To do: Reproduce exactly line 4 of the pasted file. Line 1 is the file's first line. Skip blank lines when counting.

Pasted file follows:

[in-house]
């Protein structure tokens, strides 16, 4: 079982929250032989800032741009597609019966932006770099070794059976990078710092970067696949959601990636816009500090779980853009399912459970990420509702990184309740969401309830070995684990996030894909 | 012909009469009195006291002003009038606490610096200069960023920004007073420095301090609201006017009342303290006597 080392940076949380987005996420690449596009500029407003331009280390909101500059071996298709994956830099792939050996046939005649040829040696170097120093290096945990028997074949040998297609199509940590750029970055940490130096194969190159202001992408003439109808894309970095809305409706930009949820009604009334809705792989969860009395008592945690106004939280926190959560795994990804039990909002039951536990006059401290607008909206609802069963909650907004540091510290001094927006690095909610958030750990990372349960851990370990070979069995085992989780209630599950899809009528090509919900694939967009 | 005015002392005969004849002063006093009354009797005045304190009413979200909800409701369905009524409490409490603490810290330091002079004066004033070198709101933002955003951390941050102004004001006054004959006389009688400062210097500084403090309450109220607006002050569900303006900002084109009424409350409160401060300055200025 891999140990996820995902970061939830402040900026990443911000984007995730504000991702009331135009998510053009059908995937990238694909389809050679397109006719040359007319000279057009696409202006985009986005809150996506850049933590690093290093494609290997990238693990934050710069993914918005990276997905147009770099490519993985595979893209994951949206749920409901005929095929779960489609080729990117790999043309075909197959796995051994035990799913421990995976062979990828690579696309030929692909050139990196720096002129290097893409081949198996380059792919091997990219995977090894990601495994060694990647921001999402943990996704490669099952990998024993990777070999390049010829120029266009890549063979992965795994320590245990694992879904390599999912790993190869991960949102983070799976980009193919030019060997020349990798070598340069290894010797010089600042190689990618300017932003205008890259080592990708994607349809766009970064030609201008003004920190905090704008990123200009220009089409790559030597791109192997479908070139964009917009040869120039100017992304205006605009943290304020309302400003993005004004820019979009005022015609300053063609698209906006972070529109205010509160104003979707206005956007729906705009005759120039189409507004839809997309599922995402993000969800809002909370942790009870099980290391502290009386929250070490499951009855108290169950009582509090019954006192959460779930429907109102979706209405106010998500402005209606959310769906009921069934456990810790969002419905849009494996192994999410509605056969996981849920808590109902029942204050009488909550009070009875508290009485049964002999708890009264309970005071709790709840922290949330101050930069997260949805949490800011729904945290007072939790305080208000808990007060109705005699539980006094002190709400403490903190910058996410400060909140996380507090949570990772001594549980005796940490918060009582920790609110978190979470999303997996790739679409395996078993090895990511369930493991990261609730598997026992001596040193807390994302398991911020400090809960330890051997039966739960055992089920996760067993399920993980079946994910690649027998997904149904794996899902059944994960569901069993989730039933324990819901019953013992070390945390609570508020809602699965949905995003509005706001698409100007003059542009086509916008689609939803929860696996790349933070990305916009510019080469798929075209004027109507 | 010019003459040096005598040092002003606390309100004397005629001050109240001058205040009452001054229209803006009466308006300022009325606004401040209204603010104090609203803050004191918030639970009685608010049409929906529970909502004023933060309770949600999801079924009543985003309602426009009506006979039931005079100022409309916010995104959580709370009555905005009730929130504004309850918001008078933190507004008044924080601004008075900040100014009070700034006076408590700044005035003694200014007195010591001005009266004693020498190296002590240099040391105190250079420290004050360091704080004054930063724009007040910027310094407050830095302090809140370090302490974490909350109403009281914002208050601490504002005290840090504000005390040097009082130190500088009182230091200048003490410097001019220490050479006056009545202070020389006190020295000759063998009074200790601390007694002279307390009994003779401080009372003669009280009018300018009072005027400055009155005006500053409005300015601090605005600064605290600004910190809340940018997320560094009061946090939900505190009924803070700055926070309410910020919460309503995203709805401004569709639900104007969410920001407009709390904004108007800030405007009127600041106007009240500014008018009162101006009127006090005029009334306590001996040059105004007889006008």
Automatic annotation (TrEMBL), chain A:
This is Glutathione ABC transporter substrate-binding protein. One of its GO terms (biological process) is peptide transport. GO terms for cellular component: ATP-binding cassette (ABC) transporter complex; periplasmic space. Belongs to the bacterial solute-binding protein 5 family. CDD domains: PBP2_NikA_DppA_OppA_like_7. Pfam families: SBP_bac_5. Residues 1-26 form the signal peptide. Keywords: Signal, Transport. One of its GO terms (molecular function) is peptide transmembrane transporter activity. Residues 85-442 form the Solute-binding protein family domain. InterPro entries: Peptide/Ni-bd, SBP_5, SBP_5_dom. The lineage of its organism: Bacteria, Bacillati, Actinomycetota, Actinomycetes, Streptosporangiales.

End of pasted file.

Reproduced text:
This is Glutathione ABC transporter substrate-binding protein. One of its GO terms (biological process) is peptide transport. GO terms for cellular component: ATP-binding cassette (ABC) transporter complex; periplasmic space. Belongs to the bacterial solute-binding protein 5 family. CDD domains: PBP2_NikA_DppA_OppA_like_7. Pfam families: SBP_bac_5. Residues 1-26 form the signal peptide. Keywords: Signal, Transport. One of its GO terms (molecular function) is peptide transmembrane transporter activity. Residues 85-442 form the Solute-binding protein family domain. InterPro entries: Peptide/Ni-bd, SBP_5, SBP_5_dom. The lineage of its organism: Bacteria, Bacillati, Actinomycetota, Actinomycetes, Streptosporangiales.